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ppat.1004827.g002: Local immunization with S. aureus bioparticles recruits neutrophils to the LN.S. aureus bioparticles were opsonized and injected subcutaneously near the iLN. Neutrophil recruitment to the blood and lymphoid organs was analyzed by flow cytometry in C57BL/6 mice, or imaged using epifluorescent stereomicroscope or TP-LSM in LysM-GFP mice with adoptively transferred lymphocytes. (A) Kinetics of neutrophil recruitment to the blood (left panel) and to the iLN (right panel) between 0 and 24 h after immunization. N = 3 mice/6 iLNs; 3 independent experiments. Means ± SEM. (B) Fluorescent (main image) and bright field (lower right corner) images of immunized and PBS control LysM-GFP LNs are shown at 12 h after injection. Neutrophils: LysM-GFP, green. Image labeling: SCS (white dashed line), TZ (T), IFZ (IF, white arrows), LN follicles (B, dotted lines). Data is representative of 3 mice (6 iLNs) per group. (C) TP-LSM images of neutrophils (LysM-GFP, green) exiting blood vessels in the LN stroma (left panel, blue arrowheads) and accumulating in the SCS (right panel, blue arrowheads) between 2 h (left) and 4 h (right) after S. aureus (red arrowheads) injection are shown (S3 Movie, Mobilization). ILN border, white dashed line; HEVs, EB, gray. Scale bars: 50 μm. (D) Neutrophils phagocytizing S. aureus in the SCS (left panel, blue arrowheads) and swarming in the IFZ (right panel, white squares) between 3 and 4 h after S. aureus inoculation are shown (S3 Movie, Swarming). Scale bars: 25 μm (right), 20 μm (left). Data is representative of 12 imaging sessions. (E, F) DsRed B cells or CD4+ T cells were adoptively transferred 24 h prior to imaging. Neutrophil (green) interactions with (E) B cells (red) or (F) CD4+ T cells (red) at the T-B border (dashed line) at 12 h after S. aureus injection are shown. Blood vessels, EB (gray); collagen, second harmonic (blue). Scale bars: (C) 50 μm; (D, left) 50 μm; (D, right) 20 μm, (E, left) 50 μm; (E, right) 20 μm; (F, left) 70 μm; (F, right) 20 μm. (G) The percentages of short and long-lasting interactions formed by neutrophils with B cells (upper chart) and by neutrophils with CD4+ T cells (lower chart). Data is representative of 3 independent computations. (H) Analysis of S. aureus uptake by Ly6G+ and CD169+ populations in the iLN of isotype control or 1A8-injected mice between 0 and 48 h after immunization. N = 4 iLNs; 3 repeats. Means ± SEM.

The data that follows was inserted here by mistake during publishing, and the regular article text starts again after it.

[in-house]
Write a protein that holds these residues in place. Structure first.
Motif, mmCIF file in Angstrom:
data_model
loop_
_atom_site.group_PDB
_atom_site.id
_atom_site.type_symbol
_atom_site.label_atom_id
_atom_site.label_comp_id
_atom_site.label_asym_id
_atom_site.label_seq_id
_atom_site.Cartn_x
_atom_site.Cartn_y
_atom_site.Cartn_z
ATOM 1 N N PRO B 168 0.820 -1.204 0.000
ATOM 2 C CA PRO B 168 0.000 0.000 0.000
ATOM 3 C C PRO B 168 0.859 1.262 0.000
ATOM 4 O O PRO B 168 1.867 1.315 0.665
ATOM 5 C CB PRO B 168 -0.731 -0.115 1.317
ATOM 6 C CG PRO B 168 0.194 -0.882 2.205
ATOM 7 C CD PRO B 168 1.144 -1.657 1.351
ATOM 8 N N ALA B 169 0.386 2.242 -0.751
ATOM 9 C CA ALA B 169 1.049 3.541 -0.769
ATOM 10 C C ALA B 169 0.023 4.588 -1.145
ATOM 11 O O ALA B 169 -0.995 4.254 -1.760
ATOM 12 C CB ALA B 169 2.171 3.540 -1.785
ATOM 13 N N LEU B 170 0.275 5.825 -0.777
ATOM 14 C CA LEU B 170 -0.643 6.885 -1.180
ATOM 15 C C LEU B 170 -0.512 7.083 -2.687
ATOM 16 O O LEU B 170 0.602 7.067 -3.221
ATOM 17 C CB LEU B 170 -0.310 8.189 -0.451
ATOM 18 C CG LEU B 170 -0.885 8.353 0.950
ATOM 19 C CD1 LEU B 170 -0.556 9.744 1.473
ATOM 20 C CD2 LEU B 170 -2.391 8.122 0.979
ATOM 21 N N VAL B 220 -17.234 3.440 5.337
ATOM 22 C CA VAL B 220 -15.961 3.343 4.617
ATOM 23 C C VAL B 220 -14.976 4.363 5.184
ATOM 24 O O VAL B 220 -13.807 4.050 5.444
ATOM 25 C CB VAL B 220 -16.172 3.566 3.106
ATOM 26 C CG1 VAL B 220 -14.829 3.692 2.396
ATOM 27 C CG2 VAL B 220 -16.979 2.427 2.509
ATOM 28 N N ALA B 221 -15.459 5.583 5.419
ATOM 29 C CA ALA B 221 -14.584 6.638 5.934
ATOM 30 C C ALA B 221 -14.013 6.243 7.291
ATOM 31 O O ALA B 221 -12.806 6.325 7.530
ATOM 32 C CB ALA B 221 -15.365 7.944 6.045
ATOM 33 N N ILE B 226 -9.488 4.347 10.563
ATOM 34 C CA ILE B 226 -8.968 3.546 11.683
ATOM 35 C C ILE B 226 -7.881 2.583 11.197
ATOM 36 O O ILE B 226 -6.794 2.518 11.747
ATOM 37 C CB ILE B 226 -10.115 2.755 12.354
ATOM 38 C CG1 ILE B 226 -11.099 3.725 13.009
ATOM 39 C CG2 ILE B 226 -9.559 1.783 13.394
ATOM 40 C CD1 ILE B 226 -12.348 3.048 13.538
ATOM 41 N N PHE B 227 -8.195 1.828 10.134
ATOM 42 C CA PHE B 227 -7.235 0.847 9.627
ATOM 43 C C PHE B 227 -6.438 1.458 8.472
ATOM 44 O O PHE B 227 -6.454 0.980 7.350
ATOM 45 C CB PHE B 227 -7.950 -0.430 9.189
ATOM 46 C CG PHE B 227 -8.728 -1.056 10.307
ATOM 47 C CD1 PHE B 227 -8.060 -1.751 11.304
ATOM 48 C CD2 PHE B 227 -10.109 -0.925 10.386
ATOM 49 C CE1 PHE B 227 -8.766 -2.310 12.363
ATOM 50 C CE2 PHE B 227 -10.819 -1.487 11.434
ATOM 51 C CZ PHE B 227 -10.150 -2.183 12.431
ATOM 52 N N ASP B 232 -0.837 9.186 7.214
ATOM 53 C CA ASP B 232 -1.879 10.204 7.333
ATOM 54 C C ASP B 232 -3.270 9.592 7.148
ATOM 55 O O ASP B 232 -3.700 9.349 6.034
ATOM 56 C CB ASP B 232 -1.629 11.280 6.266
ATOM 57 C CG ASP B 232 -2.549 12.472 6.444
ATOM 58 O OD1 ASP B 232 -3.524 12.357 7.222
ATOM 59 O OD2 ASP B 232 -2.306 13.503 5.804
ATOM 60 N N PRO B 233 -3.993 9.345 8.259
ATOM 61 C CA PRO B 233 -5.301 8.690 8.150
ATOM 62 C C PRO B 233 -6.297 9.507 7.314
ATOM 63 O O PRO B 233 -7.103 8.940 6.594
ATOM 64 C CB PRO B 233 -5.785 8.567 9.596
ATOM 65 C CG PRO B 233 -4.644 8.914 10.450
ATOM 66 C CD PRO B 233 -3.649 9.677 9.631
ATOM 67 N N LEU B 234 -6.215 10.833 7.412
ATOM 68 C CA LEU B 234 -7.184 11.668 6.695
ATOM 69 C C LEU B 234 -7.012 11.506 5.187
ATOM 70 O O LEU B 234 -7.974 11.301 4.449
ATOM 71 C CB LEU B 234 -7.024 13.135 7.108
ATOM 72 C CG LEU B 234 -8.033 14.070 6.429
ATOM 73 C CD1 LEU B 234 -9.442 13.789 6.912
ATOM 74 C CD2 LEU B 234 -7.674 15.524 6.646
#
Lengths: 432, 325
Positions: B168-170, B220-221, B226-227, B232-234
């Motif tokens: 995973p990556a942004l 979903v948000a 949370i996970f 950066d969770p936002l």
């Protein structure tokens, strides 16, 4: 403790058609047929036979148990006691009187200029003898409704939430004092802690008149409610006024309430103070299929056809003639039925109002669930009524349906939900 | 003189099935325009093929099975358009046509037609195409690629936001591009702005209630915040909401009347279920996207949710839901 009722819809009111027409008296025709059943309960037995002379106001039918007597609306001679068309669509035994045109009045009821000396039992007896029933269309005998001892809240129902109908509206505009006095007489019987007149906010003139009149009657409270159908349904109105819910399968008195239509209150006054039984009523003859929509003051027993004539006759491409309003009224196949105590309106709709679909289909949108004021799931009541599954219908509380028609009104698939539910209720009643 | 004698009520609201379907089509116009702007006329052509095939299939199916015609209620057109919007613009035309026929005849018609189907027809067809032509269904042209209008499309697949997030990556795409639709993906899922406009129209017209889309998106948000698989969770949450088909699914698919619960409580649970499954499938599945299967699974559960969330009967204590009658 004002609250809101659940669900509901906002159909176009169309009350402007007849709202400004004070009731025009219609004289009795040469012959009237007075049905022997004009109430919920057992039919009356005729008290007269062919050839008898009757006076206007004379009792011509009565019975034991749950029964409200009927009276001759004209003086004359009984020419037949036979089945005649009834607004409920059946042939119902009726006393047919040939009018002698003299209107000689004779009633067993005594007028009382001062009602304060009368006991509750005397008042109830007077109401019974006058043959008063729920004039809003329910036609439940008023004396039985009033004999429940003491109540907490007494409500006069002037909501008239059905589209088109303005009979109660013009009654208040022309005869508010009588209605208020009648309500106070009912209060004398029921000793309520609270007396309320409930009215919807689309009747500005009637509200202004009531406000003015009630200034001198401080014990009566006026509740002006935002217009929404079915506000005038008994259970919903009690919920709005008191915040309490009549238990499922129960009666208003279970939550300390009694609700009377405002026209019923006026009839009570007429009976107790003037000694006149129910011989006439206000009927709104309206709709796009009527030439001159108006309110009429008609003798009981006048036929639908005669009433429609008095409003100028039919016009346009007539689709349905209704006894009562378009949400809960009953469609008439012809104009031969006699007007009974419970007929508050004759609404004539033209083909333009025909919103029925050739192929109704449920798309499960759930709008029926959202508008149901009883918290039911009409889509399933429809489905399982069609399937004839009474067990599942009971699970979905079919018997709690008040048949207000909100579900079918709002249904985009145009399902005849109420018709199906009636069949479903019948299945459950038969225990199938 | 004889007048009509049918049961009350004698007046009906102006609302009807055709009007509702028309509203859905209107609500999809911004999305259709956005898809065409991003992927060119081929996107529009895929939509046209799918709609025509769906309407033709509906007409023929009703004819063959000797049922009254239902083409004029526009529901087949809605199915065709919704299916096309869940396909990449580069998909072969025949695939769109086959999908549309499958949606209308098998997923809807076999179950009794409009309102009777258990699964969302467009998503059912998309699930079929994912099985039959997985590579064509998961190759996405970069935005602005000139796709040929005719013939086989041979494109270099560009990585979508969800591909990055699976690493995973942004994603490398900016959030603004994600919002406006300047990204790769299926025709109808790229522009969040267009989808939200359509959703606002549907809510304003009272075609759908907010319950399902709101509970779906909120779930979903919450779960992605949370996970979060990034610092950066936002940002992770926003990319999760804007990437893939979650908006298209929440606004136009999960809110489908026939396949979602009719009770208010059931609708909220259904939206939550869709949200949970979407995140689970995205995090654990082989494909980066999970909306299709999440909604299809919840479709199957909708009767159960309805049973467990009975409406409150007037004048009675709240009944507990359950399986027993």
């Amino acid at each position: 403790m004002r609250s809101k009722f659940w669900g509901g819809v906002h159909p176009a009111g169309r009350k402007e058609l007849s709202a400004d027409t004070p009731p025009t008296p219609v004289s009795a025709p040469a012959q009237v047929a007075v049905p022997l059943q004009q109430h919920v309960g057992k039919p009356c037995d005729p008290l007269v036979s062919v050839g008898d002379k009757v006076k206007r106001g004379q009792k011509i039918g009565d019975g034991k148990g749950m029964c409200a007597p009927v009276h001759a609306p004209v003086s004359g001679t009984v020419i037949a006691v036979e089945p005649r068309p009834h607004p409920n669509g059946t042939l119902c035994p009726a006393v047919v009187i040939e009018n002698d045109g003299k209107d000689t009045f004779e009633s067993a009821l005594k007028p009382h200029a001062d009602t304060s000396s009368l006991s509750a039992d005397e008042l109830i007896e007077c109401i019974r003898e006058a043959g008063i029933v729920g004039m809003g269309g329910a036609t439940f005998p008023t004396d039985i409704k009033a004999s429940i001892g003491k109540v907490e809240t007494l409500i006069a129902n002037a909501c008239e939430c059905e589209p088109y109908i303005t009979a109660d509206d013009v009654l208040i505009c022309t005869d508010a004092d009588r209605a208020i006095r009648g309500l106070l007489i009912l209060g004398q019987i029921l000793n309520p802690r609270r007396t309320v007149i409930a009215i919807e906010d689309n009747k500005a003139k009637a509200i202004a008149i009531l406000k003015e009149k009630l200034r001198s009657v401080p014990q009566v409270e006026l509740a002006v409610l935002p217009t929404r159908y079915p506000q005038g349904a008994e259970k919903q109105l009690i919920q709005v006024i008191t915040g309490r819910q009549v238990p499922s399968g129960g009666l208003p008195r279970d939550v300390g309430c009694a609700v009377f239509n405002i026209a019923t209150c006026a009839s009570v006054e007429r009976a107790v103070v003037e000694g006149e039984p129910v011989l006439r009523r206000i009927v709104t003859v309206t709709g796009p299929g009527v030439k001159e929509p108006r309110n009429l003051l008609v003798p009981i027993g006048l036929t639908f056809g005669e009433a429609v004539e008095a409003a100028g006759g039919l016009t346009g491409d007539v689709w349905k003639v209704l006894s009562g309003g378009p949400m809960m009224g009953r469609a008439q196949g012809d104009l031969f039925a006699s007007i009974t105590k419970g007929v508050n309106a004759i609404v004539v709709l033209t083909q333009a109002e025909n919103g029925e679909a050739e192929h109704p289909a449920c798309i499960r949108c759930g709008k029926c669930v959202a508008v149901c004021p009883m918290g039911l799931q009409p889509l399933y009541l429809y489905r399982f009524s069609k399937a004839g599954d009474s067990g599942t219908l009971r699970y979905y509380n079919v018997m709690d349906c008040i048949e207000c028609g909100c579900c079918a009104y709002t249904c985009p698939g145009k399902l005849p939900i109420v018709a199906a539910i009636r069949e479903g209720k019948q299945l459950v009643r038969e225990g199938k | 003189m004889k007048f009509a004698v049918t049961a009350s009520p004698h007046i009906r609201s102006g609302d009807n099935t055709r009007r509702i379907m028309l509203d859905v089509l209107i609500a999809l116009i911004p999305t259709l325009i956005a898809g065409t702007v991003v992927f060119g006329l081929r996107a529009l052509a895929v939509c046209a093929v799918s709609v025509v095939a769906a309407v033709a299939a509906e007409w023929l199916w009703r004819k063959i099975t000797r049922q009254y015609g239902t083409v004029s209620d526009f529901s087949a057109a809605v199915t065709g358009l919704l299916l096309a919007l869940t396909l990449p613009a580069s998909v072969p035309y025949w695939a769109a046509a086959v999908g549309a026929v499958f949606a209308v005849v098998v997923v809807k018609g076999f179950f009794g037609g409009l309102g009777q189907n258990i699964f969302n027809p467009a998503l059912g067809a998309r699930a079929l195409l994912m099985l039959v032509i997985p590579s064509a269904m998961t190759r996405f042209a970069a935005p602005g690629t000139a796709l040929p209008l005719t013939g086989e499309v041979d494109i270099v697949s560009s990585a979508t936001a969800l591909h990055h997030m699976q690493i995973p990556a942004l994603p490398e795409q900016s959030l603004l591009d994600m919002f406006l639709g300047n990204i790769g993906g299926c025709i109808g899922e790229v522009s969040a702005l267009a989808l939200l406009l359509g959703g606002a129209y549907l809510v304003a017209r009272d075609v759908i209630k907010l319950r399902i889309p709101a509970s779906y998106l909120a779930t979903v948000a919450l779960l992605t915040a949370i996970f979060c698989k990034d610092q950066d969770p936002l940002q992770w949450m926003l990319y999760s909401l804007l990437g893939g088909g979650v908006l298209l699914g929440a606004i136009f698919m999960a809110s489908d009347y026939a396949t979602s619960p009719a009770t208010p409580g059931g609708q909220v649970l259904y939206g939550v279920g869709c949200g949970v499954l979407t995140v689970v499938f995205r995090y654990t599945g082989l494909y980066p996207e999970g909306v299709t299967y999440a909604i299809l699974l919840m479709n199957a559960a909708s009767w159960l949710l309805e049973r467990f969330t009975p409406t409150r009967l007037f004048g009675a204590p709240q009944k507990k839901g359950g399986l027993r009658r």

Mentions: Next, we studied neutrophil influx to the iLN in response to a local injection of inactivated S. aureus Wood 46 strain. Analysis of recruitment kinetics was expanded to time points between 0 and 120 min, and at 2, 3, 6, 12 and 24 h. The neutrophils increased in the blood 1 h post-injection, continued to increase reaching a plateau at 6 h, and returned to baseline by 12 h (Fig 2A, left). Over the same interval we detected two waves of neutrophils infiltrating the iLN, 1st between 0 and 60 min with the peak at 30 min, and 2nd between 2 and 24 h with a plateau between 6 and 12 h. Their percentage had returned almost to baseline by 24 h (Fig 2A, right). Epifluorescent microscopy of intact LysM-GFP iLN showed abundant presence of GFPhi cells in the SCS (white dashed line) and IFZ (IF, white arrows) of immunized iLN at 12 h (Fig 2B). We also analyzed recruitment of neutrophils to distant LNs choosing the axillary and superficial cervical LNs and to the spleen at 4 and 12 h after immunization. Along with the massive influx of neutrophils to the iLN, we detected a significant recruitment to the spleen, but none to distant LNs (S2A and S2B Fig).


Neutrophil recruitment to lymph nodes limits local humoral response to Staphylococcus aureus.

Kamenyeva O, Boularan C, Kabat J, Cheung GY, Cicala C, Yeh AJ, Chan JL, Periasamy S, Otto M, Kehrl JH - PLoS Pathog. (2015)